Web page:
The Internet is about a lot more than the physical wires and the computers across the world. The Internet is about the people that use it. The Internet is about freedom of speech. More importantly, not just free speech for those in Western countries, not just free speech in the US where we damn near take the First Amendment right of free speech for granted–the Internet is about free speech everywhere.

The sooner they figure that out in China, the better.

Rescuing the unpublishable

Sometimes, I have to stand back and just admire a writer’s creativity. A recent article in’s romance section could well be the pinnacle of Meredith Goldstein’s writing career in the creativity department. Meredith took an otherwise unpublishable letter and turned it into something which has, so far, received 344 comments (and will probably top 400 by the time it’s all done).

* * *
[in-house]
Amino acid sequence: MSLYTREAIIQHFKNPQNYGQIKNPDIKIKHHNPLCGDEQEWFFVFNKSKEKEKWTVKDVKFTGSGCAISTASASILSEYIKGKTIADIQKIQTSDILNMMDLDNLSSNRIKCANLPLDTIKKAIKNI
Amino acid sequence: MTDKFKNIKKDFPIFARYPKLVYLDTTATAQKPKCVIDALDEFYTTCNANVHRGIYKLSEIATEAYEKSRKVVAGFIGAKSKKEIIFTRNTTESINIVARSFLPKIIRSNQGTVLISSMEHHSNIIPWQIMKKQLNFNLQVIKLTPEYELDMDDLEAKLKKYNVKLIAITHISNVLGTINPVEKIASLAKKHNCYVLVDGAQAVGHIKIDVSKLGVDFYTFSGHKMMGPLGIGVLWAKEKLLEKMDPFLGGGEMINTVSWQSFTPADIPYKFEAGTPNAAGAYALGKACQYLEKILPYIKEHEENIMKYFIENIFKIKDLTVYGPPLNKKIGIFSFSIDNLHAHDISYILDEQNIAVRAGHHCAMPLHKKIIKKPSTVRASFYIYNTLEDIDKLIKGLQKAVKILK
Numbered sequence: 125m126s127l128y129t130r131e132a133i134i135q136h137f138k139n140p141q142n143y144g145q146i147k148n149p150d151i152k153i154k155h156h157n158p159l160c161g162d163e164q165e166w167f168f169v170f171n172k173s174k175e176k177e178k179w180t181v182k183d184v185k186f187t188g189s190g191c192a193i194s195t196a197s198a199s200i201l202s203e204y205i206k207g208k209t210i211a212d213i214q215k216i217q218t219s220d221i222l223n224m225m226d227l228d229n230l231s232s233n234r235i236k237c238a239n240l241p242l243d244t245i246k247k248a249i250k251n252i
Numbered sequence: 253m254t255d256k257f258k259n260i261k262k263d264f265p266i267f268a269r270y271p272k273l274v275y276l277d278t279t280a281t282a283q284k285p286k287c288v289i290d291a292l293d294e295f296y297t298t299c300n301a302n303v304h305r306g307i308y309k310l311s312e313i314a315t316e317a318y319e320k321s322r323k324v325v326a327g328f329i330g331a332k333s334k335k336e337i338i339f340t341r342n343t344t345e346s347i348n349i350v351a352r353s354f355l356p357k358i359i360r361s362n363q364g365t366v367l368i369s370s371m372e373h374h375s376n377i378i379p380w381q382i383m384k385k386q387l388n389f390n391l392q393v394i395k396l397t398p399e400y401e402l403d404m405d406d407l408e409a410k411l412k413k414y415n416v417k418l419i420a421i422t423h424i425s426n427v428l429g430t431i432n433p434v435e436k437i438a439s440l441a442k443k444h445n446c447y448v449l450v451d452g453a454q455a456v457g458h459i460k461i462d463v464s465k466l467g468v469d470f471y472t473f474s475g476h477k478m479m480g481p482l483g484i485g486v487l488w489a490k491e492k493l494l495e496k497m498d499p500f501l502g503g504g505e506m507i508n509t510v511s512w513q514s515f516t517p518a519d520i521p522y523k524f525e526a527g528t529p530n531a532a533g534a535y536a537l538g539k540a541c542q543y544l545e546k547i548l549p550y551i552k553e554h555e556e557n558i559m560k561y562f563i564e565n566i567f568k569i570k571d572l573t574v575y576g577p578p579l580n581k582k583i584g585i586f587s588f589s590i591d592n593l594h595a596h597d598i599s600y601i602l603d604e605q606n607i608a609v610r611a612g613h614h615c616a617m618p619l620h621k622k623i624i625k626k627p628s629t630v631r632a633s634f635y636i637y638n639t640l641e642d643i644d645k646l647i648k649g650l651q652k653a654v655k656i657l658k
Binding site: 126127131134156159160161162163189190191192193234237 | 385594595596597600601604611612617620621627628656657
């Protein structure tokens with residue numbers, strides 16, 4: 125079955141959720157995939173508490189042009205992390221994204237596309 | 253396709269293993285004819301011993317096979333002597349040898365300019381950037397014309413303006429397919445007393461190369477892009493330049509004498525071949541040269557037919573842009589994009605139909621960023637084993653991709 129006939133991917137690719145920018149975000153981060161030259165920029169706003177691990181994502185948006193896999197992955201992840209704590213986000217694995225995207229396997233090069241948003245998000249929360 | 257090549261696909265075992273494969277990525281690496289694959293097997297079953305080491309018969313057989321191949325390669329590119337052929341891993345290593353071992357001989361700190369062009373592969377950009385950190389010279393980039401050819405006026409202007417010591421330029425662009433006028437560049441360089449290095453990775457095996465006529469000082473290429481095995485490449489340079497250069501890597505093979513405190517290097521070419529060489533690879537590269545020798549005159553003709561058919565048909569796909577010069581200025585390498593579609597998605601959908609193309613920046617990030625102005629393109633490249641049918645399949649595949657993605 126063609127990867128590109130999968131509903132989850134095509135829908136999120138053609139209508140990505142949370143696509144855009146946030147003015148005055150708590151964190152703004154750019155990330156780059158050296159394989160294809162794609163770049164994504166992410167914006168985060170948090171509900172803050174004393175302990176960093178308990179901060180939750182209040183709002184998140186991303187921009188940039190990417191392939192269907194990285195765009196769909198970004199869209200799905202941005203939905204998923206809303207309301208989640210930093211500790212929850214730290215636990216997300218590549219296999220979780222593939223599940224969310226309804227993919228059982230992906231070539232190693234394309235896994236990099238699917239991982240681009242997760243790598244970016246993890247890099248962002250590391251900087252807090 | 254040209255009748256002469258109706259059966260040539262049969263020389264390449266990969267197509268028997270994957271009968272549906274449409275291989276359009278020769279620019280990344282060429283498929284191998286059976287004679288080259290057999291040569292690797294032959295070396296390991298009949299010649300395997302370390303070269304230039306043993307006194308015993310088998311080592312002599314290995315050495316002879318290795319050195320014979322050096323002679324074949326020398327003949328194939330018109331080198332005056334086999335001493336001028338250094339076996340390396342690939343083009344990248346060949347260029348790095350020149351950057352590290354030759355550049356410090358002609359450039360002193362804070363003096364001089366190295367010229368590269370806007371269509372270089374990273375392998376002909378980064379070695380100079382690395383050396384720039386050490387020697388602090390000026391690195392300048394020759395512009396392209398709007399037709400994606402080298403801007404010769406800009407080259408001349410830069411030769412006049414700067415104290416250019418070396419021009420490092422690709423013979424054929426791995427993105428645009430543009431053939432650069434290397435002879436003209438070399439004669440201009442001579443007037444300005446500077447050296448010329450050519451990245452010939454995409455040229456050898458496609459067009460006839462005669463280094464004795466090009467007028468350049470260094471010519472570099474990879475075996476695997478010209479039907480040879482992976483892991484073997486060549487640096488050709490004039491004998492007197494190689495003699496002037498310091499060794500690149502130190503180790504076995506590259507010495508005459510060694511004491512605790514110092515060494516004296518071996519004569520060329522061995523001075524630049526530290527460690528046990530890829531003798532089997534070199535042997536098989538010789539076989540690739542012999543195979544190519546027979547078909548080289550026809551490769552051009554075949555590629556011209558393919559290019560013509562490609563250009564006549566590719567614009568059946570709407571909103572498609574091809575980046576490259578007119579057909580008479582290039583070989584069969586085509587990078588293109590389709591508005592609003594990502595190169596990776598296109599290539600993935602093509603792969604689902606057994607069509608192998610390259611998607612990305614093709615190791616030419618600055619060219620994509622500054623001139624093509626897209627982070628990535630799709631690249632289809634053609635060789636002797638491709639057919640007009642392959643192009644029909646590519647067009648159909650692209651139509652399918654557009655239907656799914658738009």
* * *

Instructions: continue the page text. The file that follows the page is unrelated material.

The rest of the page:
I’m trying to keep this blog at least PG-13-rated, so kids, if you can’t figure it out, you’re on your own.

Apple rejects iPhone apps with no reason given

Ars Technica reports on Apple rejecting iPhone applications without offering an explanation. Of particular note:

Marco Arment, lead developer of Tumblr and creator of Instapaper, chronicled the situation on his blog. On the last day of WWDC ’09, Apple had a session dedicated to the process of publishing an iPhone app to its App Store. The session ended early, and lines of developers formed at the microphones to ask questions—ostensibly concerning App Store rejections and how best to resolve issues identified in the review process. However, at the end of the presentation, the presenter and other engineers quickly exited the room, leaving the assembled developers scratching their heads.

“It was a giant middle finger to iPhone developers,” wrote Arment. “Clearly, they had absolutely no interest in fielding even a single question from the topic that we have the most questions about.”